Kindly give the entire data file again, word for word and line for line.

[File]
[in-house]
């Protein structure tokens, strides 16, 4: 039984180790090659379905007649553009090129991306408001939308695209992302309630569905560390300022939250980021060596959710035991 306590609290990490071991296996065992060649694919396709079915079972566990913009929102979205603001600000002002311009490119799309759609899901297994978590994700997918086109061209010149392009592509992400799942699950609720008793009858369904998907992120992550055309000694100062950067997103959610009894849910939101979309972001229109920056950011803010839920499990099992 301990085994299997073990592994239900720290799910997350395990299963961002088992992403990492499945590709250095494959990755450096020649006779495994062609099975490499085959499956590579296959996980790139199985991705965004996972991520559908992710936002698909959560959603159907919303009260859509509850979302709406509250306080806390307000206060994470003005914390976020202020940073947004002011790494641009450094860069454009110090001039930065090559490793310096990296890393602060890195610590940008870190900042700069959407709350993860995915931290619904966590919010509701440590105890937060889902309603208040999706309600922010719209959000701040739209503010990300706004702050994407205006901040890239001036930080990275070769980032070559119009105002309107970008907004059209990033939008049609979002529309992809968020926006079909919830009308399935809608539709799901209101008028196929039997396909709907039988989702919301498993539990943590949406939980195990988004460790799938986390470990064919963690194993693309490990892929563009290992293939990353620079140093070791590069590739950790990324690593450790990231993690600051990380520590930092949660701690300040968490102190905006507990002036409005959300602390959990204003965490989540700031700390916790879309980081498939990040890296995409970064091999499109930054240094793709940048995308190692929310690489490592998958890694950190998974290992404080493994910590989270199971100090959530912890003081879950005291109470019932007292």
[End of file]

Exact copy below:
[in-house]
């Protein structure tokens, strides 16, 4: 039984180790090659379905007649553009090129991306408001939308695209992302309630569905560390300022939250980021060596959710035991 306590609290990490071991296996065992060649694919396709079915079972566990913009929102979205603001600000002002311009490119799309759609899901297994978590994700997918086109061209010149392009592509992400799942699950609720008793009858369904998907992120992550055309000694100062950067997103959610009894849910939101979309972001229109920056950011803010839920499990099992 301990085994299997073990592994239900720290799910997350395990299963961002088992992403990492499945590709250095494959990755450096020649006779495994062609099975490499085959499956590579296959996980790139199985991705965004996972991520559908992710936002698909959560959603159907919303009260859509509850979302709406509250306080806390307000206060994470003005914390976020202020940073947004002011790494641009450094860069454009110090001039930065090559490793310096990296890393602060890195610590940008870190900042700069959407709350993860995915931290619904966590919010509701440590105890937060889902309603208040999706309600922010719209959000701040739209503010990300706004702050994407205006901040890239001036930080990275070769980032070559119009105002309107970008907004059209990033939008049609979002529309992809968020926006079909919830009308399935809608539709799901209101008028196929039997396909709907039988989702919301498993539990943590949406939980195990988004460790799938986390470990064919963690194993693309490990892929563009290992293939990353620079140093070791590069590739950790990324690593450790990231993690600051990380520590930092949660701690300040968490102190905006507990002036409005959300602390959990204003965490989540700031700390916790879309980081498939990040890296995409970064091999499109930054240094793709940048995308190692929310690489490592998958890694950190998974290992404080493994910590989270199971100090959530912890003081879950005291109470019932007292």